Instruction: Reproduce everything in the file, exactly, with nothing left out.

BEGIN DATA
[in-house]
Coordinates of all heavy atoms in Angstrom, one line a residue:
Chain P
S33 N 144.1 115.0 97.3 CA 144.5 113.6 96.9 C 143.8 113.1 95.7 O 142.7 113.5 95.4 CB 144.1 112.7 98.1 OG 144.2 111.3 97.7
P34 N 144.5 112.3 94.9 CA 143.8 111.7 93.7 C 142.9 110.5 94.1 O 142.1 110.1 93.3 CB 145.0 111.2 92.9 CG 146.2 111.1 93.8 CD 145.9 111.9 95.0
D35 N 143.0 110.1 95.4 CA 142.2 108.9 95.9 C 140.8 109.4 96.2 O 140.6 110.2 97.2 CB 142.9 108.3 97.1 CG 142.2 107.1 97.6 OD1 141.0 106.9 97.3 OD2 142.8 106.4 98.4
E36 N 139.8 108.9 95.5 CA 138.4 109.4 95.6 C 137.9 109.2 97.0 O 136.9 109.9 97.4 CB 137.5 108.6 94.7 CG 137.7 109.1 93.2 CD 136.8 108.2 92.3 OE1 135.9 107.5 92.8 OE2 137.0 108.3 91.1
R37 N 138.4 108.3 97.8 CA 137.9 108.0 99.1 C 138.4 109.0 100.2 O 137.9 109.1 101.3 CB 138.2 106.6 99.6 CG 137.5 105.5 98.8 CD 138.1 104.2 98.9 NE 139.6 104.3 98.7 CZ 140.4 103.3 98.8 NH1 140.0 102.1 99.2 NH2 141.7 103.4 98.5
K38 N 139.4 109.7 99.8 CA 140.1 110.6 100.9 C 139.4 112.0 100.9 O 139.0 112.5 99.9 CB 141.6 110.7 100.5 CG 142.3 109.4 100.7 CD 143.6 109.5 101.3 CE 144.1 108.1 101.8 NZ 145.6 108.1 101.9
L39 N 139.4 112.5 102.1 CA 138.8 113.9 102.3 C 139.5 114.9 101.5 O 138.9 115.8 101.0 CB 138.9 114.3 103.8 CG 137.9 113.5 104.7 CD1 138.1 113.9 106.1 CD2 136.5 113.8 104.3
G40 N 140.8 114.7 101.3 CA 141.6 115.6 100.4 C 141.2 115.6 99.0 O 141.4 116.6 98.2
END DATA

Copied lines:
[in-house]
Coordinates of all heavy atoms in Angstrom, one line a residue:
Chain P
S33 N 144.1 115.0 97.3 CA 144.5 113.6 96.9 C 143.8 113.1 95.7 O 142.7 113.5 95.4 CB 144.1 112.7 98.1 OG 144.2 111.3 97.7
P34 N 144.5 112.3 94.9 CA 143.8 111.7 93.7 C 142.9 110.5 94.1 O 142.1 110.1 93.3 CB 145.0 111.2 92.9 CG 146.2 111.1 93.8 CD 145.9 111.9 95.0
D35 N 143.0 110.1 95.4 CA 142.2 108.9 95.9 C 140.8 109.4 96.2 O 140.6 110.2 97.2 CB 142.9 108.3 97.1 CG 142.2 107.1 97.6 OD1 141.0 106.9 97.3 OD2 142.8 106.4 98.4
E36 N 139.8 108.9 95.5 CA 138.4 109.4 95.6 C 137.9 109.2 97.0 O 136.9 109.9 97.4 CB 137.5 108.6 94.7 CG 137.7 109.1 93.2 CD 136.8 108.2 92.3 OE1 135.9 107.5 92.8 OE2 137.0 108.3 91.1
R37 N 138.4 108.3 97.8 CA 137.9 108.0 99.1 C 138.4 109.0 100.2 O 137.9 109.1 101.3 CB 138.2 106.6 99.6 CG 137.5 105.5 98.8 CD 138.1 104.2 98.9 NE 139.6 104.3 98.7 CZ 140.4 103.3 98.8 NH1 140.0 102.1 99.2 NH2 141.7 103.4 98.5
K38 N 139.4 109.7 99.8 CA 140.1 110.6 100.9 C 139.4 112.0 100.9 O 139.0 112.5 99.9 CB 141.6 110.7 100.5 CG 142.3 109.4 100.7 CD 143.6 109.5 101.3 CE 144.1 108.1 101.8 NZ 145.6 108.1 101.9
L39 N 139.4 112.5 102.1 CA 138.8 113.9 102.3 C 139.5 114.9 101.5 O 138.9 115.8 101.0 CB 138.9 114.3 103.8 CG 137.9 113.5 104.7 CD1 138.1 113.9 106.1 CD2 136.5 113.8 104.3
G40 N 140.8 114.7 101.3 CA 141.6 115.6 100.4 C 141.2 115.6 99.0 O 141.4 116.6 98.2